That's not to say the show was completely bereft of new stories; a couple of episodes certainly did stand out from the rest. "Intro to Recycled Cinema" sees the group trying to cobble together a truly terrible sci-fi film with sets made from found materials around Greendale. The stupidity of their movie, and then filming of it, is amazing. "Grifting 101" finds the students (and teachers) battling against a new professor teaching a class on grifting (which, in the logic of Greendale Community College, is, of course, a grift). And then the final episode of the season (and series, at this point), "Emotional Consequences of Broadcast Television", manages to explore the idea of how the show could continue when all the cast members leave, a poignant idea considering the fact that the cast was constantly churning at this point.
Along with the show having an issue coming up with ideas, though, it also lacked humor. Sure, there were laugh out loud moments but the comedy of the show, overall, was lacking. I have to again point out the fact that the loss of Donald Glover from the cast really hobbled everything the show could do. Community mined a lot of humor out of cutting to Troy for a reaction shot, making so many of the episodes work via his character. Without him, Season 5 had to put other characters in for the reaction shots (like Annie, and Hickey), but even these were lacking by Season 6. What jokes they did have weren't as laugh-out-loud funny, and they certainly didn't come as quickly or as well. The show lacked its trademark funny, especially to the level it used to manage, making this season feel much more like a whimper than previous seasons (other than the fourth).
I don't want to make it sound like I hated the sixth season of the show -- it's still Community and, at times, still showed the spark of the show at its best. But those moments were fewer and fewer and the show took more and more time to build its concepts and find the humor it used to mine so easily. Certainly if the show had been renewed by Yahoo Screens for a second streaming season (instead of killing Yahoo Screens so hard it no longer exists) the show very well might have died a gasping creature that no one cared about anymore. Sure, it could have found the funny again, but as shows go on feats like that becomes harder and harder to pull off.
Perhaps, then, it was a good thing that the show ended when it did. I love Community and the thought of it ending originally made me sad. But going back and re-watching the whole run I do see the flaws of the later seasons. I enjoyed the show, but I have to admit that it really did peak with Season 2. Thinking now about what the show would have been like if it had continued on for another season (or two, or three) makes me even sadder, honestly. Time off was what was needed, as the recent "live episode" they did proved, so perhaps its cancellation was the best thing that happened for the show. If it gets some kind of revival (which apparently it in the cards even now) the time off likely will allow everyone to find their creative juices again and come back fresh and ready to make Community the show it should be.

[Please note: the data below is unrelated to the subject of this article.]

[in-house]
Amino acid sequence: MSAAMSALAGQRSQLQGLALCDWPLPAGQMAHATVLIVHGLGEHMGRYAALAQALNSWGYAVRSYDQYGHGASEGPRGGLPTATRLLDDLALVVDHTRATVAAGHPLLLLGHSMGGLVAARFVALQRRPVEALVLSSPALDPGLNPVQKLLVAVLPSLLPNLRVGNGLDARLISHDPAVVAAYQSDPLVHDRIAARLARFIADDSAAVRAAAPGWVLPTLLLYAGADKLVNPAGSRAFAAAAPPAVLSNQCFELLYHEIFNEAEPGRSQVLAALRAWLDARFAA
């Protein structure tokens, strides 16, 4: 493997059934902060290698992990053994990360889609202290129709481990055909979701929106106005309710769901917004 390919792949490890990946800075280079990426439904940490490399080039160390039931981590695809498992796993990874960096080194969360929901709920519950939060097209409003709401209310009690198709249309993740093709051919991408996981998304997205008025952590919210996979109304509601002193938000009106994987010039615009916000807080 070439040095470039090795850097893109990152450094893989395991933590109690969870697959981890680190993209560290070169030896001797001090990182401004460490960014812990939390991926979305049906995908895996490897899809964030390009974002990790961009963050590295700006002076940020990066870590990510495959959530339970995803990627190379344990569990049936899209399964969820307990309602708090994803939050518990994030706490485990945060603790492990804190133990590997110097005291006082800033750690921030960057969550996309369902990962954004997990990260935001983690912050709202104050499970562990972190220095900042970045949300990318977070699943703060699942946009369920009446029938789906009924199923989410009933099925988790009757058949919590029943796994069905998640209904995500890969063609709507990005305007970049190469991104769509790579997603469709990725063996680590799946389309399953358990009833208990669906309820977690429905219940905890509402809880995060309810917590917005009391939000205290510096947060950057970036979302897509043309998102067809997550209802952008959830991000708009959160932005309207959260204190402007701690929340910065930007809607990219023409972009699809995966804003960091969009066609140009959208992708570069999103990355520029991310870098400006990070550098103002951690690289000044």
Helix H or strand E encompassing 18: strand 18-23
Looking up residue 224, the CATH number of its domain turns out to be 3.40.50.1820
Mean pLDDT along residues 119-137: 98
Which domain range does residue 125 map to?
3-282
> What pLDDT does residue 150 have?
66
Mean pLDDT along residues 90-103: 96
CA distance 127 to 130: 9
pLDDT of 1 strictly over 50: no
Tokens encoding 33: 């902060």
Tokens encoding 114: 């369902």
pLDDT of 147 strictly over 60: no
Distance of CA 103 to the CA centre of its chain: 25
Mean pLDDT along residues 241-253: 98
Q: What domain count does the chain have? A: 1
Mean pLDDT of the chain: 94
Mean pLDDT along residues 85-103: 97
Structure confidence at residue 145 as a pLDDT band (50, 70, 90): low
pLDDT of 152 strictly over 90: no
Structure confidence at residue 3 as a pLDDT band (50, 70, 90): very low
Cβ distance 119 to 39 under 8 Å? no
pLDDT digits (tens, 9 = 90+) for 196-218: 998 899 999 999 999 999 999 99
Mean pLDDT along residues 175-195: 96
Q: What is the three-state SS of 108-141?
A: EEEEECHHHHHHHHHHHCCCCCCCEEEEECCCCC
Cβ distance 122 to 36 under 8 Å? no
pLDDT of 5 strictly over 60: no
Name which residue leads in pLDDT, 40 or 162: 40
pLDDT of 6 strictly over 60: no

So, for all the fans, just keep praying for "...And a Movie".
Worst Episode of Season 6
Episode 4: "Queer Studies and Advanced Waxing"
This episode focuses on two plot lines. In the A-plot, the Dead is invited to join the Community College School Board (which is apparently a thing), but the rest of the board wants him so he can be their "token gay". The Dean, though, is more than just gay, or poly, or pan, or whatever, so he feels like he's closeting himself by coming out as "gay". I dunno what the show was going for with this episode but somehow they managed to make an episode about coming out feel even more homophobic. The Dean and his sexuality have always been a joke on the show, but not always a good joke, especially when they make the character predatory (a trope about gay men that really needs to go away at this point). Making his sexuality even weirder doesn't make the character any better, it just makes the show feel even more out of touch with the LGBTQ+ community.
Meanwhile, in the B-plot, Annie and Chang get cast in a community theater production of The Karate Kid, and this plot line is beyond unfunny. All the "humor" comes from the director yelling at Chang the whole time, being excessively cruel and mean spirited. Its uncomfortable, and not in a funny way at all, and by the end of it you just want the whole plot line to end.
Nothing about this episode works, making it the lowest of low points for the season (and that's including the incest episode, "Wedding Videography").
Best Episode of Season 6
Episode 8: "Intro to Recycled Cinema"
Chang, for whatever reason, becomes a famous spokesperson -- the "Haaaaaaam GURL!" guy -- and, to make money off of his fame, the rest of the school decide to film a shitty, low-budget sci-fi film that repurposes two minutes of footage Abed had of change from a movie that never got made. The movie is shit, the whole production is shit, and everything about it is a total farce.
I really do enjoy this episode. The get so much of the content of this episode right, from the pitiful production values to the awful, improvised dialogue, and it's so much fun to watch this train wreck happen. I have to admit, if the whole movie had actually been made, I would have watched it. This film is garbage and I'd watch it more than once to really savor it. Nicely done.